The iconic Chandler Chamber Ostrich Festival that will be held for the 31st consecutive year next weekend started as a modest downtown gathering to pay tribute to the odd birds.
Now, it is expected to draw 100,000 people who likely are just as fascinated with a diverse array of entertaining diversions as they are with the quirky feathered creatures.
The 31st annual Chandler Chamber Ostrich Festival will bring its namesake mascot, along with the world’s largest bounce house, BMX Pros Trick Team shows, pig and dog races, Victoria Circus motorcycle and high-wire acts and numerous carnival rides March 8-10 to Tumbleweed Park, 745 E. Germann Road.
The live bands are a big draw and this year the lineup includes Flo Rida, a rapper, singer and multi-platinum artist; the legendary Motown/R&B/funk group The Commodores; and multi-platinum-selling pop artist Andy Grammer, known for his singles “Keep Your Head Up” and “Fine by Me.”
But one mainstay that will be missing will be ostrich races. The elderly farmer who supplied the birds can’t make the trip.
There will still be 10 ostriches near the petting zoo behind a fence for people to view as videos show fun facts about the birds.
And in place of the ostrich races, the Chamber is erecting a 10,000-square-foot Big Bounce America bounce house.
It is the Guinness World Record holder for the largest bounce house and offers obstacle courses, climbing frames, giant slides, basketball hoops, ball pits and other interactive fun for adults and children. A deejay will play music in the bounce house at night.
The ostrich races have not been the “primary focus” of the festival over the last decade, Chandler Chamber of Commerce president/CEO Terri Kimble said.
“We have truly transformed this festival into a true community festival,” Kimble said. “We have over 100 hours of musical entertainment throughout the festival and the festival has really changed over the past several years and it evolved.
“Each year we try to bring in something new, something different. We’re really going for an educational component and really kind of beefing that up, including that technology component.”
Also new this year is Victoria Circus, a circus and thrill show where motorcyclists ride around in circles in the “Globe of Death.” Performers also engage in high-wire acts and stunts on the ground.
Another new attraction will be Big Bee the Transforming Robot car, a technological marvel that transforms into a 15-foot robot with a soundtrack and light display.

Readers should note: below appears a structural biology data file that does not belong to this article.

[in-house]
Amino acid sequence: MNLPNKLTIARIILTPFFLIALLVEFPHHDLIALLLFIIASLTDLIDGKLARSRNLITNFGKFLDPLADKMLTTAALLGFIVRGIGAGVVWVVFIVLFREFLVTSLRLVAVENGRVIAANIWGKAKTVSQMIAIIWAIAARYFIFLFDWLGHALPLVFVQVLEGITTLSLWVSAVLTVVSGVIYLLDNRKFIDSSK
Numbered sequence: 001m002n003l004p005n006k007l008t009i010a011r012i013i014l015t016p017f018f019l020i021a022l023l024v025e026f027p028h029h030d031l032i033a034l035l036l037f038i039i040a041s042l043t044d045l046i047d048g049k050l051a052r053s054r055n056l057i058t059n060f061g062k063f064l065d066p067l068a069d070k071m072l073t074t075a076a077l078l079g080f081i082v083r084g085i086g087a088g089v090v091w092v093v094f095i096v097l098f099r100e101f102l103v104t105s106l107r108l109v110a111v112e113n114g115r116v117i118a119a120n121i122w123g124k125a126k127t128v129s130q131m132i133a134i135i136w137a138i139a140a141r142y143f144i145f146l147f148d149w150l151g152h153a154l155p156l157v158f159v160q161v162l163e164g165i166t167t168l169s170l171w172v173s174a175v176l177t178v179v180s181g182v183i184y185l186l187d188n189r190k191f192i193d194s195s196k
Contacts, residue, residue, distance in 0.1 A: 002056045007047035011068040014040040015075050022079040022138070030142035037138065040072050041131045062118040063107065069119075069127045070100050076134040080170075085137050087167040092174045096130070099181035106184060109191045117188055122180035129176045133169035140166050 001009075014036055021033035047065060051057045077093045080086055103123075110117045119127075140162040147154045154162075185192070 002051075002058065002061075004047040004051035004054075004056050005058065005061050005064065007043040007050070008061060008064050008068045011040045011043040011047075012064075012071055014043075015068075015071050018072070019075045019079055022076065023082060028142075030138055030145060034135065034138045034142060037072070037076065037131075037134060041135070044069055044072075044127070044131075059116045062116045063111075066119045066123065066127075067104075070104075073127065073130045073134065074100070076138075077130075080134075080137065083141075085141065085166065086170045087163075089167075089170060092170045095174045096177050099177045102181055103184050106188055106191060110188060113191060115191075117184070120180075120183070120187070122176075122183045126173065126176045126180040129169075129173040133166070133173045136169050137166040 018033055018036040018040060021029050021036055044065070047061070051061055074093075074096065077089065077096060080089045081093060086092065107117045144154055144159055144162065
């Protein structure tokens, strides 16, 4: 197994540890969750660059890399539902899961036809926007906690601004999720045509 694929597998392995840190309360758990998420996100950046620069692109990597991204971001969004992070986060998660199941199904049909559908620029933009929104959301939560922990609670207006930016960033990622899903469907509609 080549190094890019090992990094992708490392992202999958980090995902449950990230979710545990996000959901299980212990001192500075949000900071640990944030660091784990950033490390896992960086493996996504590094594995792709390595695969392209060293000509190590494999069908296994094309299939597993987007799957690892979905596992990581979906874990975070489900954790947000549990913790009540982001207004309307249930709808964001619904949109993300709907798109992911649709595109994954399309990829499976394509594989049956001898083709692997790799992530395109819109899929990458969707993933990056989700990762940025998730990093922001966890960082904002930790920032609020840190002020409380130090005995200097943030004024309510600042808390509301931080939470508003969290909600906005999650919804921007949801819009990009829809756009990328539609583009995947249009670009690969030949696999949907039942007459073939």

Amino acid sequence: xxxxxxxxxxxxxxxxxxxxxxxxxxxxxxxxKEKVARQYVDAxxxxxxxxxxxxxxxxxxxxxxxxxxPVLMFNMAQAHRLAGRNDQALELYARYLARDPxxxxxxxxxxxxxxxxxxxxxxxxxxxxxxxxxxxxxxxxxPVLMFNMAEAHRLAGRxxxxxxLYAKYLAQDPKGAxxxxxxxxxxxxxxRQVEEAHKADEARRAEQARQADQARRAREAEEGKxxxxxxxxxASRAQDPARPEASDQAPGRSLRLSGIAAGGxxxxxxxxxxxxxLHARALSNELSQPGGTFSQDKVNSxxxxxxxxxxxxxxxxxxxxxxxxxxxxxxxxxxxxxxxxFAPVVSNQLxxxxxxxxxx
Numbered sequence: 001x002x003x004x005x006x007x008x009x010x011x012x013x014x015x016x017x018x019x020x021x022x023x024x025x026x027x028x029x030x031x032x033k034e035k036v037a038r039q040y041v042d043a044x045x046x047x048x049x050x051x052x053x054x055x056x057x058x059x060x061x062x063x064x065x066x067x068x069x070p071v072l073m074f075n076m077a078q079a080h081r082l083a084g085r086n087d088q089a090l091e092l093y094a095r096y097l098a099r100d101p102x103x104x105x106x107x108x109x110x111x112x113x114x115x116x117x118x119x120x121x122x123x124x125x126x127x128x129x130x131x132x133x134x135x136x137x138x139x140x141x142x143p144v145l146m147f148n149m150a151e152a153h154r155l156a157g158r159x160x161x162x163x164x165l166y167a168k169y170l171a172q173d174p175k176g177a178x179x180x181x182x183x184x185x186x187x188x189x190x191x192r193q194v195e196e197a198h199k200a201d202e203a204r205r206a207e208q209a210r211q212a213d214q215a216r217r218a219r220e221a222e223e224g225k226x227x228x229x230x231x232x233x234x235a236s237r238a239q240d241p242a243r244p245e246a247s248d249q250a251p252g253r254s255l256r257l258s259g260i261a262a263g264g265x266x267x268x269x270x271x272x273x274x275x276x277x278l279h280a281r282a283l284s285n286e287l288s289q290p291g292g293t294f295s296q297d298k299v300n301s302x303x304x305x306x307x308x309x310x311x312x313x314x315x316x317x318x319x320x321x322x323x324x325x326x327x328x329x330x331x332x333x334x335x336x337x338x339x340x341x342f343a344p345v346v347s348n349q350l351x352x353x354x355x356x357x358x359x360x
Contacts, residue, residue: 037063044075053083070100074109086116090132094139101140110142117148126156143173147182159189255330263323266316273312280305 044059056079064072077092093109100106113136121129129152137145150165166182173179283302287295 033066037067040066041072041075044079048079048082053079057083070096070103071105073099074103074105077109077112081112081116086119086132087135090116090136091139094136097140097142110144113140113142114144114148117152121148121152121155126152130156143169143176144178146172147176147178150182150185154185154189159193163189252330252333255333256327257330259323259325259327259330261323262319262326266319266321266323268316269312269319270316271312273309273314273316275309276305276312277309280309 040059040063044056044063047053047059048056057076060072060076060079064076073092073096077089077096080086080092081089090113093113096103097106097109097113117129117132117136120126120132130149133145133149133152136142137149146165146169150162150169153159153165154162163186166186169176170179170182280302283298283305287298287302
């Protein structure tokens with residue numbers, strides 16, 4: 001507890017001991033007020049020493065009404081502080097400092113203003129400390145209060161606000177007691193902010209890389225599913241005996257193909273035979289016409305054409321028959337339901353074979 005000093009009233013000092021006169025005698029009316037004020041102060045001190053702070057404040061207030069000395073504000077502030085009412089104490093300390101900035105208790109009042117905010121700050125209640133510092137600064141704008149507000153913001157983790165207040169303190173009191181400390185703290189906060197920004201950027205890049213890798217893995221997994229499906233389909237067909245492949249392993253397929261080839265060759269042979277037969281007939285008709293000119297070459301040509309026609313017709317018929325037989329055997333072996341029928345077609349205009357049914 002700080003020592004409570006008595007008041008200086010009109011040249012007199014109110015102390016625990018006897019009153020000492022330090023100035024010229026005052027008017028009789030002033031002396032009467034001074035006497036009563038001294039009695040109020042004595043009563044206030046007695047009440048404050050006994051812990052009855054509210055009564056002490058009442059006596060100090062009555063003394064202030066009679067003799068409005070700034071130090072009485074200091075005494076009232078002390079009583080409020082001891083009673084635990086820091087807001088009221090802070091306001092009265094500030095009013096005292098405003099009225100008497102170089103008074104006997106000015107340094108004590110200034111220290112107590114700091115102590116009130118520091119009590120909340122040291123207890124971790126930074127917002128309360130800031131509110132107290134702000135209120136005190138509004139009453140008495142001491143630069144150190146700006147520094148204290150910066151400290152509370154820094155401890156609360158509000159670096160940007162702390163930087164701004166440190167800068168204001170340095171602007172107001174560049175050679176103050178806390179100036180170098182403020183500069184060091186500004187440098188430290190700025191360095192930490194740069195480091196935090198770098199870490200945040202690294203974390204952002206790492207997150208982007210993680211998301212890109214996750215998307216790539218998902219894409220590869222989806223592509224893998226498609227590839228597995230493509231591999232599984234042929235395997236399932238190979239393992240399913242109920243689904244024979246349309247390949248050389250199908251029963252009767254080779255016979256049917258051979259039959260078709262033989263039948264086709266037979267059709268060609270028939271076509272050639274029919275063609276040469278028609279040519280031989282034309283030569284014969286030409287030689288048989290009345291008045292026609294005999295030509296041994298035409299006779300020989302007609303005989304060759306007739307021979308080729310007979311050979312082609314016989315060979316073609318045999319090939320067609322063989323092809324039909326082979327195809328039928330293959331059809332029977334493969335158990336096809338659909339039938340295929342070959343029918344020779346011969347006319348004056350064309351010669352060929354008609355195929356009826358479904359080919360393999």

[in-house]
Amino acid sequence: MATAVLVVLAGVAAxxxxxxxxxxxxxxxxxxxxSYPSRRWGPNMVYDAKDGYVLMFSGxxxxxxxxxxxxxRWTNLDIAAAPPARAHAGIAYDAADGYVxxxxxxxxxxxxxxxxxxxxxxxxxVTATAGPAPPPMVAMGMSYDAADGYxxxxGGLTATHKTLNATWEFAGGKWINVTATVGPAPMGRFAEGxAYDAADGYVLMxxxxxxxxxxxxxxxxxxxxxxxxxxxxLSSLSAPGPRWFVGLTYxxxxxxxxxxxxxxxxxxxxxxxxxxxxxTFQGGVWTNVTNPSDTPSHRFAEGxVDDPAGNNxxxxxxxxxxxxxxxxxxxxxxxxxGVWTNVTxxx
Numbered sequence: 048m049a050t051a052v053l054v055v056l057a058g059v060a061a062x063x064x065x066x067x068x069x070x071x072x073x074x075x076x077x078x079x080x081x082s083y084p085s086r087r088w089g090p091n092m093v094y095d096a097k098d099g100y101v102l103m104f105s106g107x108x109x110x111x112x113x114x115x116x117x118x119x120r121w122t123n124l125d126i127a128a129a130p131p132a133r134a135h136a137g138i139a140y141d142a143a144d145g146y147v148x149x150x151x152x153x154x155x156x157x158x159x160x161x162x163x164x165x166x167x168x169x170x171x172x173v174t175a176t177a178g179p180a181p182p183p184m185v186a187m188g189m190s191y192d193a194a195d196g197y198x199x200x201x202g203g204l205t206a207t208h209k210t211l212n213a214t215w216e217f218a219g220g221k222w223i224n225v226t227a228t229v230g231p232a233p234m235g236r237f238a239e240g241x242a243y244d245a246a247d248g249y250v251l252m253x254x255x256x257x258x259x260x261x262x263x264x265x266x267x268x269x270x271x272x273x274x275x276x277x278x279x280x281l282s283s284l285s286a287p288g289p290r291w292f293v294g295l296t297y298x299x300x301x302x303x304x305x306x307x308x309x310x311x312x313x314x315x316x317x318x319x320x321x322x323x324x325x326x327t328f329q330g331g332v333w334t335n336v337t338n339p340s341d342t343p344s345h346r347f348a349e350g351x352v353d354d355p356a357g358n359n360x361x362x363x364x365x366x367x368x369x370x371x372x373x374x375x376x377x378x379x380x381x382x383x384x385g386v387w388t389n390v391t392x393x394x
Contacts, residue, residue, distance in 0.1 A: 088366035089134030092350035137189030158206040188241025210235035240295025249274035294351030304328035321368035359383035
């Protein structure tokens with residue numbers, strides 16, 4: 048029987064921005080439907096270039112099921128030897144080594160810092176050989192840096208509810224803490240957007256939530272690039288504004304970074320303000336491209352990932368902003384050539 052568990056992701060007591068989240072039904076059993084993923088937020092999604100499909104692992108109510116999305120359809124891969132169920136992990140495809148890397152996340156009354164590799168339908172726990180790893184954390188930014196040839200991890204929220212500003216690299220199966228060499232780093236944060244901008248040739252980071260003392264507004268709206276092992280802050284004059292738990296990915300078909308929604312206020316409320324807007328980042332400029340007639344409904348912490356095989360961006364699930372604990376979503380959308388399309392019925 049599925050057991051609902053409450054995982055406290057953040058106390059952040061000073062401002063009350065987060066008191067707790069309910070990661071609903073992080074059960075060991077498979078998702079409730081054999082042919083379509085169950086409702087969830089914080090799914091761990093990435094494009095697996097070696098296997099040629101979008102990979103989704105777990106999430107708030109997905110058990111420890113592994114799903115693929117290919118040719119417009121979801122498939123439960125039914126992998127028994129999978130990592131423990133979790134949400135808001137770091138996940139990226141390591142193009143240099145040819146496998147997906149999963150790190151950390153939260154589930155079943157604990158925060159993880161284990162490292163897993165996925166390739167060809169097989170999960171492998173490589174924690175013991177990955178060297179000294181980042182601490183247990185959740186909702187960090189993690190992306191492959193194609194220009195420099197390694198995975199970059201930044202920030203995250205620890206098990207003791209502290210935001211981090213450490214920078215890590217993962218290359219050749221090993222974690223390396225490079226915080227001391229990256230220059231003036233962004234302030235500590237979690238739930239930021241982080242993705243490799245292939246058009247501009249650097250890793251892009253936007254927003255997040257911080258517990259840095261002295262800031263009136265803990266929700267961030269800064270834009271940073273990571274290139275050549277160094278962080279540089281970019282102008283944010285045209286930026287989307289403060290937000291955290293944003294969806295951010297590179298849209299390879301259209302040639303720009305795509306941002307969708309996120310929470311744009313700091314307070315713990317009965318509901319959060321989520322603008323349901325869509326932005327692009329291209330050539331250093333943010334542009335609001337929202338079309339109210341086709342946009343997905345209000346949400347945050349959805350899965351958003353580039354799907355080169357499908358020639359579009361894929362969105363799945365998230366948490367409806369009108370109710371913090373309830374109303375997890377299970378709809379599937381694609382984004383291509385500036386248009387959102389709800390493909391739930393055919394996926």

Festival-goers can also be entertained by another new act, BMX Pros Trick Show, where BMX riders and skateboarders will engage in stunts on a street ramp and halfpipe.
New activities will also be available in the Imaginology STEM tent, where science, technology, engineering and math (STEM) projects are offered.
“Those are all interactive for all ages,” Kimble said.
One returning attraction will be Professor Smart’s Science Show – designed to engage children and others in the audience in juggling, comedic performances and other activities.
Another circus show returning is Mango and Dango, an unusual theatrical performance including partner acrobatics, aerial arts, juggling, stilt walking, physical comedy, mime movements, chair stacking and other tricks.
And the interactive Pangaea Land of the Dinosaurs will be back, giving kids and adults a chance to see “roaming dinosaurs” and dig for fake dinosaur bones.
Visitors can also root for their favorite canine in the FIDO 500 Mini Dog Races, where dogs will race in a sprint to the finish line, vying for gold, silver and bronze.
Not to be outdone, pigs will also have their time to shine, wearing numbered racing attire as they vie for supremacy on the track.
Radical reptiles, pony rides and a petting zoo with exotic and domestic animals will also offer educational entertainment.
Food will also give guests variety as vendors serve up big turkey legs, tacos, burgers and innovative desserts.
“There’s something for everybody out there from local restaurants and local businesses to traditional carnival food to deep-fried Twinkies,” Kimble said. “They always have fun food.”
Nearly 500 volunteers are helping to make the ostrich festival possible.
“What makes this festival unique is because of the community participation and involvement,” Kimble said. “This year we have … various nonprofit groups that will be out there pouring beverages and earning money. For every nonprofit (that) comes out to help, we will give a check back to that nonprofit for their time and helping.”
Indeed, she added, “One of the things why this festival has evolved so much is because of the input from the local community. We really listen to what the community has to say. This community has so much talent from the music to the STEM tent. That’s where you’ve seen where it’s really grown and evolved.”
The first ostrich festival was held downtown, with the ostrich races held where the downtown library and next-door police department are located now, recalled Lori Daniels, a former state legislator.
It drew about 25,000 to 30,000 people.
“We had empty lots down there then,” Joan said. “It was more like a carnival event, a lot of rides. It was successful. There was a lot of work to be done to bring them the Ferris wheel into our area, into our downtown. I know we closed some of the streets. It is part of our history, if you can imagine ostriches running around in our downtown area.”
The ostrich festival parade, usually held on the Saturday of the festival weekend, will not be held this year because of extensive construction going on downtown right now, Kimble said.